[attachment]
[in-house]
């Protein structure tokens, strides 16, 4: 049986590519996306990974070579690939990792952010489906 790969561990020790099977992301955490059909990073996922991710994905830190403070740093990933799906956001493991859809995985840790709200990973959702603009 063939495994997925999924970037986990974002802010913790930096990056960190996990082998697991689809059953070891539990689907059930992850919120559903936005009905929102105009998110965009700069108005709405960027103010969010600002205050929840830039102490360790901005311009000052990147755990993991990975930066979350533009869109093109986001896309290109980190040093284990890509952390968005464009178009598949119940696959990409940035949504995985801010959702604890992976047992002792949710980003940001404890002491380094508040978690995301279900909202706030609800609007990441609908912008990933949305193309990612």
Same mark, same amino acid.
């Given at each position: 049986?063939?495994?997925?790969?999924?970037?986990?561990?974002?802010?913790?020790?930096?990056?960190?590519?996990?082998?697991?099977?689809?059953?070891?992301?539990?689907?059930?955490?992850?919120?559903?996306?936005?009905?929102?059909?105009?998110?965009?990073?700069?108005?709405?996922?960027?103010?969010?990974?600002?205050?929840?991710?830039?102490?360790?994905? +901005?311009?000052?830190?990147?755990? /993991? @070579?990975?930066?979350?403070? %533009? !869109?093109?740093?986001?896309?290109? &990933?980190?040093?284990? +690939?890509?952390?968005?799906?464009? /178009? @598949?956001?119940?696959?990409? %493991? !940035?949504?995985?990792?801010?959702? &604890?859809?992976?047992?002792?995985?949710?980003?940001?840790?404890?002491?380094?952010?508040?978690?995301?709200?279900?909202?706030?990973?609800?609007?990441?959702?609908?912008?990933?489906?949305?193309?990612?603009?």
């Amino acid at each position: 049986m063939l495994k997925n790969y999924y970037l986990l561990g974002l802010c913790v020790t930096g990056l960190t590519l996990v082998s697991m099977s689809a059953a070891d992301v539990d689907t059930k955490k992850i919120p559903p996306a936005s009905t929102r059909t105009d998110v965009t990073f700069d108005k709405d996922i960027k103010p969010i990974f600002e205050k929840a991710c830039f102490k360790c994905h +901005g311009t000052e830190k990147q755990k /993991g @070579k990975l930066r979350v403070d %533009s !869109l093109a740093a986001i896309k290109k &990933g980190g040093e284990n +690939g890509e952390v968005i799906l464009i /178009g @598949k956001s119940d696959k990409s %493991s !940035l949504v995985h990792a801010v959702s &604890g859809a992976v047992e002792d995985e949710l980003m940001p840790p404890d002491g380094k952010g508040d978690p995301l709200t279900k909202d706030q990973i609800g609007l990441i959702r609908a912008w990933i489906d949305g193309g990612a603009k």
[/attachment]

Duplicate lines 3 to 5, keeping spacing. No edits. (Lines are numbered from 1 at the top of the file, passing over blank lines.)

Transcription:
Same mark, same amino acid.
């Given at each position: 049986?063939?495994?997925?790969?999924?970037?986990?561990?974002?802010?913790?020790?930096?990056?960190?590519?996990?082998?697991?099977?689809?059953?070891?992301?539990?689907?059930?955490?992850?919120?559903?996306?936005?009905?929102?059909?105009?998110?965009?990073?700069?108005?709405?996922?960027?103010?969010?990974?600002?205050?929840?991710?830039?102490?360790?994905? +901005?311009?000052?830190?990147?755990? /993991? @070579?990975?930066?979350?403070? %533009? !869109?093109?740093?986001?896309?290109? &990933?980190?040093?284990? +690939?890509?952390?968005?799906?464009? /178009? @598949?956001?119940?696959?990409? %493991? !940035?949504?995985?990792?801010?959702? &604890?859809?992976?047992?002792?995985?949710?980003?940001?840790?404890?002491?380094?952010?508040?978690?995301?709200?279900?909202?706030?990973?609800?609007?990441?959702?609908?912008?990933?489906?949305?193309?990612?603009?």
């Amino acid at each position: 049986m063939l495994k997925n790969y999924y970037l986990l561990g974002l802010c913790v020790t930096g990056l960190t590519l996990v082998s697991m099977s689809a059953a070891d992301v539990d689907t059930k955490k992850i919120p559903p996306a936005s009905t929102r059909t105009d998110v965009t990073f700069d108005k709405d996922i960027k103010p969010i990974f600002e205050k929840a991710c830039f102490k360790c994905h +901005g311009t000052e830190k990147q755990k /993991g @070579k990975l930066r979350v403070d %533009s !869109l093109a740093a986001i896309k290109k &990933g980190g040093e284990n +690939g890509e952390v968005i799906l464009i /178009g @598949k956001s119940d696959k990409s %493991s !940035l949504v995985h990792a801010v959702s &604890g859809a992976v047992e002792d995985e949710l980003m940001p840790p404890d002491g380094k952010g508040d978690p995301l709200t279900k909202d706030q990973i609800g609007l990441i959702r609908a912008w990933i489906d949305g193309g990612a603009k």